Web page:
This week we’re talking about the first draft of your novel!
Yes, your novel. Not the planning or the plotting or the character design or the cover art, or even how to build out your website pages. No, we’re talking about your novel and the tools you’ll need to finally start – and finish – the whole thing.
The first draft of your novel can often prove the most difficult, but it’s also the first step towards publication. Finding it difficult to stay motivated?
If you find yourself hitting a wall, try reworking the outline, imposing deadlines, creating daily actionable goals, and constantly reminding yourself of your dreams so you never forget what your goal is.
*Disclosure: Some of the links in this article are affiliate links, meaning, at no additional cost to you, I will earn a commission if you click through and make a purchase. Stay updated on all the latest freebies, tools, and resources by joining the Writerly Things Newsletter.
Writing The First Draft
We’ve gone over the basics of outlining and the quick-start guide, so you might have an idea of where this topic will go. I’ll assume you’ve gotten through some outlining, but the biggest problem I’ve heard arise is that people just can’t seem to start the actual writing.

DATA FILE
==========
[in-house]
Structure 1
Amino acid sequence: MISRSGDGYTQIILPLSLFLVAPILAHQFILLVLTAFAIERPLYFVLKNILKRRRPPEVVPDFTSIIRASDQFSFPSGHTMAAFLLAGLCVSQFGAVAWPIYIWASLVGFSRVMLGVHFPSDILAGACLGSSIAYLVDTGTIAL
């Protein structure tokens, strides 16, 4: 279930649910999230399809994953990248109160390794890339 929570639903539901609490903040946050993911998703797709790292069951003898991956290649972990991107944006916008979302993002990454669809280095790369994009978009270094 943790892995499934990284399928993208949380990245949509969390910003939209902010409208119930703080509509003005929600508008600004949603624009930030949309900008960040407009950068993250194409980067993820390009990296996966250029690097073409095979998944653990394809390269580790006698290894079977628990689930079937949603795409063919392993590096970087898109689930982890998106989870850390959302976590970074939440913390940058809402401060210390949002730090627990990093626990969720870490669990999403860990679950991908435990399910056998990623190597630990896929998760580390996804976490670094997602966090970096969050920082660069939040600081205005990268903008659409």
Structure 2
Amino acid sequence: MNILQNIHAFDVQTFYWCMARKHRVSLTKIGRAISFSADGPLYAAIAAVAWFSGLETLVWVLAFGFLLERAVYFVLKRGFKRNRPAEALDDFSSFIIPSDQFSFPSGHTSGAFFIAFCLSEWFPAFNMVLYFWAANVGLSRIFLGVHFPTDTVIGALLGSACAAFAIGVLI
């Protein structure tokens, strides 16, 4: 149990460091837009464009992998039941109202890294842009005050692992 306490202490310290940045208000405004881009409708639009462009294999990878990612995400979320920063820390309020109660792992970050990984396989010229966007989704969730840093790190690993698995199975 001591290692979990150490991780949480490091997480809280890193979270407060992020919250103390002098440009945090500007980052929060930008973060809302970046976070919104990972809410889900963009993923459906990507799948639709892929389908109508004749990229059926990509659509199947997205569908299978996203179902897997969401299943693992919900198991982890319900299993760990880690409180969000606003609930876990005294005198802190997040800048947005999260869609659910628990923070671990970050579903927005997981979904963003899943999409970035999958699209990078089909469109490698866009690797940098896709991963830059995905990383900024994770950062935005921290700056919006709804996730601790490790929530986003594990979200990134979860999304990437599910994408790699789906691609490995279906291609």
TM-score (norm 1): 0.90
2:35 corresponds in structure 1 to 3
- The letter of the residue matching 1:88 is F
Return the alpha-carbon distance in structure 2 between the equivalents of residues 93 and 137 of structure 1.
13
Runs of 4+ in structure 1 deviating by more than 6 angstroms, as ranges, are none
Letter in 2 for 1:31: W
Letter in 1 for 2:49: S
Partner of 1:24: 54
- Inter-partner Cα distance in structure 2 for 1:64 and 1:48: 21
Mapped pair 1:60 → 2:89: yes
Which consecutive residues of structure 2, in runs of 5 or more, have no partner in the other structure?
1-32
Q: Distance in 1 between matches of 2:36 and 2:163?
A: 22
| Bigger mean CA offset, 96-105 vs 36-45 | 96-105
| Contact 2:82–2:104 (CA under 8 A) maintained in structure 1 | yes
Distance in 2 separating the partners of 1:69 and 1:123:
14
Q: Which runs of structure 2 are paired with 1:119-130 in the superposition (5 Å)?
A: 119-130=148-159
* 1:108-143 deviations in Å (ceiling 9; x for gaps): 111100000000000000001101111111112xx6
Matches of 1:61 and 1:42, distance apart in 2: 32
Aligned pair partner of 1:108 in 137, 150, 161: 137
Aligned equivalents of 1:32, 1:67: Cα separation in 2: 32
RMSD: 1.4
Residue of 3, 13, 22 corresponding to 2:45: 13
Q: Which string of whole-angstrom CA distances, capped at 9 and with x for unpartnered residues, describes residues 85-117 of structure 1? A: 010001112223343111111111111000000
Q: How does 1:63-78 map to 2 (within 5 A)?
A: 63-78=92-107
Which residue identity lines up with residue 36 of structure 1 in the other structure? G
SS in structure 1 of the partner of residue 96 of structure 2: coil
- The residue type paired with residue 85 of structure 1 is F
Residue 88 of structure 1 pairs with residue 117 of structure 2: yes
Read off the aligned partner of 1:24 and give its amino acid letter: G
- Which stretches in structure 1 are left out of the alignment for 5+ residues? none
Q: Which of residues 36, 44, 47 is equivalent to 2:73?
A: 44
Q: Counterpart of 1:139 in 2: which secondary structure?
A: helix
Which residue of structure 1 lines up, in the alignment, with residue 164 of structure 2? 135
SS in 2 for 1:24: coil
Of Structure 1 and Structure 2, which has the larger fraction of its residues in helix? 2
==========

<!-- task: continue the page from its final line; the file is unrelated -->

They spend oodles of their hard-earned time on outlining, detailing every facet, and creating each characters from scratch that they forget to actually write their novel – and ideas are just ideas until they become a story.
This blog post will go over several different approaches to both starting and finishing your novel, but we’ll start first with how to actually start the first page.
How to Write Your Novel
Tip #1 Start with action, literally, physically, and metaphorically.
If you’re bored on your first page, chances are your readers are too. Hook them with a gripping opener and start with something other than the usual dream sequence, wake up scene, or thought dump.
Tip #2 Don’t get carried away with descriptions – yet!
This works in several ways: it helps you move through the first draft of your novel, after which you can always add descriptions; stops you from adding tons of backstory and stops you from dumping the entire plot and backstory; and allows you to focus on showing rather than telling in later drafts.
Tip #3 Indulge the blank page, and then fill it.
Sometimes, starting is all we need to do – it’s just a mental barrier between now and your finished manuscript. If I feel I’m staring too long at the first blank page of a manuscript, I’ll simply fill it. I’ll just purge my ideas out there, and while this doesn’t always end in a great beginning, it does allow me to break through my mental block and move forward.
Tip #4 Start with a free write (or idea dump).